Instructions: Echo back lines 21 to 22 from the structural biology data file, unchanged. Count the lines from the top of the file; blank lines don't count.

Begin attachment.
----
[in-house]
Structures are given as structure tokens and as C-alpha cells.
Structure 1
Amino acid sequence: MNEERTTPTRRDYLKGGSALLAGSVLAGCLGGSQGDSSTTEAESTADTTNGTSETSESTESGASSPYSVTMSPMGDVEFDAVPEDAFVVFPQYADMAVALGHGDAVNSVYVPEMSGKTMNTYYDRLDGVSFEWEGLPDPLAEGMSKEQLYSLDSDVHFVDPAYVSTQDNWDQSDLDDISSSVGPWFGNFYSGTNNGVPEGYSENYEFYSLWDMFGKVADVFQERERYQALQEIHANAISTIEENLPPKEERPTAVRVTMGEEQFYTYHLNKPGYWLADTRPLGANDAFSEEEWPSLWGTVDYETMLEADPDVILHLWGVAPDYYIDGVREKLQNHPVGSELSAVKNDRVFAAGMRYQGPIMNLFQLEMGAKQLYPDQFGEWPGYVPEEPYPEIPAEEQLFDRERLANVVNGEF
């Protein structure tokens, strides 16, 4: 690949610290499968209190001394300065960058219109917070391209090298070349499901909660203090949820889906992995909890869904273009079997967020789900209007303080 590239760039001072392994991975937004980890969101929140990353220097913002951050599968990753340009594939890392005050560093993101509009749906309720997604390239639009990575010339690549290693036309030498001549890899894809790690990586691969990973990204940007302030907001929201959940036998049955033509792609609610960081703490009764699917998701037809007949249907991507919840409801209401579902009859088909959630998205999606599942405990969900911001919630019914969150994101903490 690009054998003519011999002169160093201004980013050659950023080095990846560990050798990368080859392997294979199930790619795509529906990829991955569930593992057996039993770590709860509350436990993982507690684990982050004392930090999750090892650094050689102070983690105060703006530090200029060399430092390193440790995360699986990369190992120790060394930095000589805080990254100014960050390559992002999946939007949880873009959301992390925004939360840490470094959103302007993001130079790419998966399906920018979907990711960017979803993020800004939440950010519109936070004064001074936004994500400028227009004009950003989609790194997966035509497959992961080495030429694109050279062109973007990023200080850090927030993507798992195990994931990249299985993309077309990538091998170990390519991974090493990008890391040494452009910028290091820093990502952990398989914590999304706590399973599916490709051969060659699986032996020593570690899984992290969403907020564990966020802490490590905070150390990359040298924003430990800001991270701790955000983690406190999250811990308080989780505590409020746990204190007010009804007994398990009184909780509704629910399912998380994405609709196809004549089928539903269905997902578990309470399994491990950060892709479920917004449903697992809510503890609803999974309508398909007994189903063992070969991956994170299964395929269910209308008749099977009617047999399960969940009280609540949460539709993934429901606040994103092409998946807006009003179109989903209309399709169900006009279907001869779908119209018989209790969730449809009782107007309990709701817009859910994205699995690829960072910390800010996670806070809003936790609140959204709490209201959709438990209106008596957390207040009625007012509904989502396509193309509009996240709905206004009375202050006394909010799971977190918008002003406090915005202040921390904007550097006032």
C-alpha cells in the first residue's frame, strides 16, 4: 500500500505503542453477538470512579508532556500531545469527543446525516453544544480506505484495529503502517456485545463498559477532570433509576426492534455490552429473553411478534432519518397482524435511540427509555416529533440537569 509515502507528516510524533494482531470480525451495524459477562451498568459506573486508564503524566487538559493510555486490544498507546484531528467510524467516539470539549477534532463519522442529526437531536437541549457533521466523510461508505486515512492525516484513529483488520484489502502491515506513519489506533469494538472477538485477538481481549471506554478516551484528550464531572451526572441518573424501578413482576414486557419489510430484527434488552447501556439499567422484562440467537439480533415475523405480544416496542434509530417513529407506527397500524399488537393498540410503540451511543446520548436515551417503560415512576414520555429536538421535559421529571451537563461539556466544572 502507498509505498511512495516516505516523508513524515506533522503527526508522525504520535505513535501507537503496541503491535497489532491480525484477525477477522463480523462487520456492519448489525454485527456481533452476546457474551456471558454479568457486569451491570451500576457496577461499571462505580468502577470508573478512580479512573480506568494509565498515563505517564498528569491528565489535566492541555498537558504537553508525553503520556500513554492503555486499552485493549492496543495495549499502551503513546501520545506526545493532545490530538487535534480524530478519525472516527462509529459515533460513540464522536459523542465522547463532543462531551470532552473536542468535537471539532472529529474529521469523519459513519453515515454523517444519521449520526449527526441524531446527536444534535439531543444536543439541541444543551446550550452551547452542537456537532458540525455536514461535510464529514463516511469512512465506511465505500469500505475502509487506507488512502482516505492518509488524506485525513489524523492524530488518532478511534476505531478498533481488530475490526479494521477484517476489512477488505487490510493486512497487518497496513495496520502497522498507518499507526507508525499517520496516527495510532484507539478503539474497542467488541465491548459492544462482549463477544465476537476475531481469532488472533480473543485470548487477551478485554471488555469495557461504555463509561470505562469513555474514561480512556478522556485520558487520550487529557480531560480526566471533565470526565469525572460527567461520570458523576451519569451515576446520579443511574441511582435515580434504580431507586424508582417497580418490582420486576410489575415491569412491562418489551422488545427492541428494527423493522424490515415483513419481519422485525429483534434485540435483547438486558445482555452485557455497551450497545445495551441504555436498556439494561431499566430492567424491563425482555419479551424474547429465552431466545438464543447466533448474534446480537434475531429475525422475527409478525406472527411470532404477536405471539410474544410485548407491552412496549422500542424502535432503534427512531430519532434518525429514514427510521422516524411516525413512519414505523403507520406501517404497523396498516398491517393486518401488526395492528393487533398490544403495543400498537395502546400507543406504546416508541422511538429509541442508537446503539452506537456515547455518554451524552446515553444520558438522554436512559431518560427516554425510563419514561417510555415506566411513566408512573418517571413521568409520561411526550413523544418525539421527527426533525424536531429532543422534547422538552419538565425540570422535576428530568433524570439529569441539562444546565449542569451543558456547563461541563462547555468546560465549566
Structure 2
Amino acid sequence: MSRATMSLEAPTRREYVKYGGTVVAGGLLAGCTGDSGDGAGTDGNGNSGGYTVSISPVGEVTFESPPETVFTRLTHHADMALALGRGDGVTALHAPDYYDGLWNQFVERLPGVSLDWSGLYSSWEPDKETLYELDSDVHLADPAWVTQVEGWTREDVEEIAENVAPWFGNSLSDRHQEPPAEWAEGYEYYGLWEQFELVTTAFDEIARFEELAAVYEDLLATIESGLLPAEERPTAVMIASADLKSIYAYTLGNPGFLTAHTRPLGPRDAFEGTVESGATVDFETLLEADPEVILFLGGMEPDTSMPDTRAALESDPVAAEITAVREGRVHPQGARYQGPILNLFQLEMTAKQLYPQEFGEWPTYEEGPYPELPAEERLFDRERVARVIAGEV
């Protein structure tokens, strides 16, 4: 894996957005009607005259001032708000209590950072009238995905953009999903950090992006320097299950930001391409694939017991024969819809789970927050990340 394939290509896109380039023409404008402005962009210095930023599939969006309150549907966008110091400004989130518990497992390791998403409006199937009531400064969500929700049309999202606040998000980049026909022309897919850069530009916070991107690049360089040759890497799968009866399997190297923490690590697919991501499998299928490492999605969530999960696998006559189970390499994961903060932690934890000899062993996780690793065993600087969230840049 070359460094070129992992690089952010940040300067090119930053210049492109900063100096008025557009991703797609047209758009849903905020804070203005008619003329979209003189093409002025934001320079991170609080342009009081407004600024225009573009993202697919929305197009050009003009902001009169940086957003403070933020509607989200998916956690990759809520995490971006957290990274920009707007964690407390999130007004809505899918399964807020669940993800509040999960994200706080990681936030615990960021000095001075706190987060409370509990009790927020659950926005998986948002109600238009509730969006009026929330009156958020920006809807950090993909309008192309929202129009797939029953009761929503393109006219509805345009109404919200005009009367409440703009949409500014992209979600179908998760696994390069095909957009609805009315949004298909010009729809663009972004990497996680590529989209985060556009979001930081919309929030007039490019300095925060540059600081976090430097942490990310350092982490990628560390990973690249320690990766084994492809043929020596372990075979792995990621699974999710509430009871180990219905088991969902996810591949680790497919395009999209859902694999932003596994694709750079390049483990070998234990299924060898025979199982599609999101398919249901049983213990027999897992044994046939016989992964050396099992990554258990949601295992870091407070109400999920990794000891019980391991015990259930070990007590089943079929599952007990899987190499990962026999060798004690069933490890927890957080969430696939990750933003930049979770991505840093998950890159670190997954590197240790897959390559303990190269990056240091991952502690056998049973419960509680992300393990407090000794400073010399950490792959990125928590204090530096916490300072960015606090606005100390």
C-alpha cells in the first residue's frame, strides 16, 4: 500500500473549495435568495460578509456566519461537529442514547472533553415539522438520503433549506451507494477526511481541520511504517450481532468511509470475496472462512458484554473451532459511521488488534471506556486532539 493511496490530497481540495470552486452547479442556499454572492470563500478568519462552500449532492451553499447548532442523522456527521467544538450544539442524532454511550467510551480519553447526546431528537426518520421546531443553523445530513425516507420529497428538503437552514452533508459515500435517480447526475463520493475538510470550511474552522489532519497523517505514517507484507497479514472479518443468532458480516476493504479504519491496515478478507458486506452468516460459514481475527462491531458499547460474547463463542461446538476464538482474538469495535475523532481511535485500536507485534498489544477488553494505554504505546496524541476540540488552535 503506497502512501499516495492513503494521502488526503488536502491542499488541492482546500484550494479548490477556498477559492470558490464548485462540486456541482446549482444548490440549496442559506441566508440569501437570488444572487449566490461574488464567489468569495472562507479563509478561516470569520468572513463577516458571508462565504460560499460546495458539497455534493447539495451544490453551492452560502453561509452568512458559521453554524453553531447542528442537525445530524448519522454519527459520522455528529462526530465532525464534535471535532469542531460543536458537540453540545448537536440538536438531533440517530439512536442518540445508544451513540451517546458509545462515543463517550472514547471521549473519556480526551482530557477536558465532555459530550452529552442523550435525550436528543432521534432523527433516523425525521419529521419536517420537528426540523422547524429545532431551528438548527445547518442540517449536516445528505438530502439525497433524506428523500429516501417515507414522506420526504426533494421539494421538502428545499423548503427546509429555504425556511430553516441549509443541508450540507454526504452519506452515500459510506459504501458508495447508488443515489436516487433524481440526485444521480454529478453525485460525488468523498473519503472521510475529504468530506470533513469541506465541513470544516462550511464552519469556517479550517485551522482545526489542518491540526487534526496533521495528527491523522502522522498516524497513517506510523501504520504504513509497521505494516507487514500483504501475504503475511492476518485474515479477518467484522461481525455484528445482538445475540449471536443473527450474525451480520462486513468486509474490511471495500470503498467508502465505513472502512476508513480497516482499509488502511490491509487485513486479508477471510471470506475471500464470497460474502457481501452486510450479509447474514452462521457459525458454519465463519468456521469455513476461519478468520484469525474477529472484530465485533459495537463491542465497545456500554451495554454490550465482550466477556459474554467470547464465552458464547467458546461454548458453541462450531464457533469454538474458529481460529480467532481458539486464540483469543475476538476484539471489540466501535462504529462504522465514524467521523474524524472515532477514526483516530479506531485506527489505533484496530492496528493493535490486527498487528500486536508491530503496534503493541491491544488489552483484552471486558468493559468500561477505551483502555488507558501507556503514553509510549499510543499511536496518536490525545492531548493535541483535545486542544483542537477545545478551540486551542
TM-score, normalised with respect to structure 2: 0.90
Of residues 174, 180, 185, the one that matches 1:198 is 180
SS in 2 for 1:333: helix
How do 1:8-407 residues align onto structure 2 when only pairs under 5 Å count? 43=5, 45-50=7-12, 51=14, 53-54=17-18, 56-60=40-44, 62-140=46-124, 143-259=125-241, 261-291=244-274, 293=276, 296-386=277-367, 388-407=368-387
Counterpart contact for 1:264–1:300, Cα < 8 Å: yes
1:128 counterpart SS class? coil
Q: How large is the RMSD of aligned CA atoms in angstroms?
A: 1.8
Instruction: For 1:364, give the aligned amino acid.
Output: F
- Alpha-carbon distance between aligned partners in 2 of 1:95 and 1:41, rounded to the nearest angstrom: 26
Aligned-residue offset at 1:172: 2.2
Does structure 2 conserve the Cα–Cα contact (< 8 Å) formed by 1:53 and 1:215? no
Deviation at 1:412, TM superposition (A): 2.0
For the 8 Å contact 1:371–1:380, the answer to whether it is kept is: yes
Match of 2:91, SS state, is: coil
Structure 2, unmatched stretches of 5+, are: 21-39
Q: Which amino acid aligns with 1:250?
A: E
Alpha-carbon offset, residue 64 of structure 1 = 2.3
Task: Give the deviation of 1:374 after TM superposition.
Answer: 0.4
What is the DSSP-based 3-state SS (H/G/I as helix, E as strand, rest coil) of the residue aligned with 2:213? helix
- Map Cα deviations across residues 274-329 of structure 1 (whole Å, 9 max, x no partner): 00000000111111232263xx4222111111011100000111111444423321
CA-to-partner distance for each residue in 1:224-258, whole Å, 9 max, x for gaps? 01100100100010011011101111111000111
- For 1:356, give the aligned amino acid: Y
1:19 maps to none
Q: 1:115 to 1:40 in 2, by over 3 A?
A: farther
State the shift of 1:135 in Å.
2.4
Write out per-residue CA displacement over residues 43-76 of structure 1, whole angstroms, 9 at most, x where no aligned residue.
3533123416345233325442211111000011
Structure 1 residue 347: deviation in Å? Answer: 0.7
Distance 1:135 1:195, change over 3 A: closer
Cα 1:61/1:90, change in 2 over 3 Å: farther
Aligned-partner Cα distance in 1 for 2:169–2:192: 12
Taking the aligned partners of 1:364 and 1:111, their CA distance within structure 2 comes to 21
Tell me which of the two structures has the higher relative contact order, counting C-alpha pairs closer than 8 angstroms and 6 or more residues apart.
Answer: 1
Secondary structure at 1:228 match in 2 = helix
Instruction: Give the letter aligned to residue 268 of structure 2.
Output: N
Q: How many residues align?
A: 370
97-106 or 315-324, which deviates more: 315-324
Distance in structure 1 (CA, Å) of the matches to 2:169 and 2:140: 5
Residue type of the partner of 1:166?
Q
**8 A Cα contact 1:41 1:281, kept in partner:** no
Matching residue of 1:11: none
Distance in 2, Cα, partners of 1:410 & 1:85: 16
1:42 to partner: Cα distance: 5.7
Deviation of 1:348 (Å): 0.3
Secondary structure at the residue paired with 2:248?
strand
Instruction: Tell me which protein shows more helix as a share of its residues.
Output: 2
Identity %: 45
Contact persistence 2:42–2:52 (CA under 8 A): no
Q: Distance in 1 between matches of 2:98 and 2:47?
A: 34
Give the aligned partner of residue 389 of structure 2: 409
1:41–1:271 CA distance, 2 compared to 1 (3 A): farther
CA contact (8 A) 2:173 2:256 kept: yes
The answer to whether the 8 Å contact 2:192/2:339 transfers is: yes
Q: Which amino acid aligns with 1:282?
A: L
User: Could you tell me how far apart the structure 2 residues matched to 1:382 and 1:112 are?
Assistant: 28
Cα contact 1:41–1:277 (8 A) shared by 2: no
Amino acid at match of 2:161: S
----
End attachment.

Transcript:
- Alpha-carbon distance between aligned partners in 2 of 1:95 and 1:41, rounded to the nearest angstrom: 26
Aligned-residue offset at 1:172: 2.2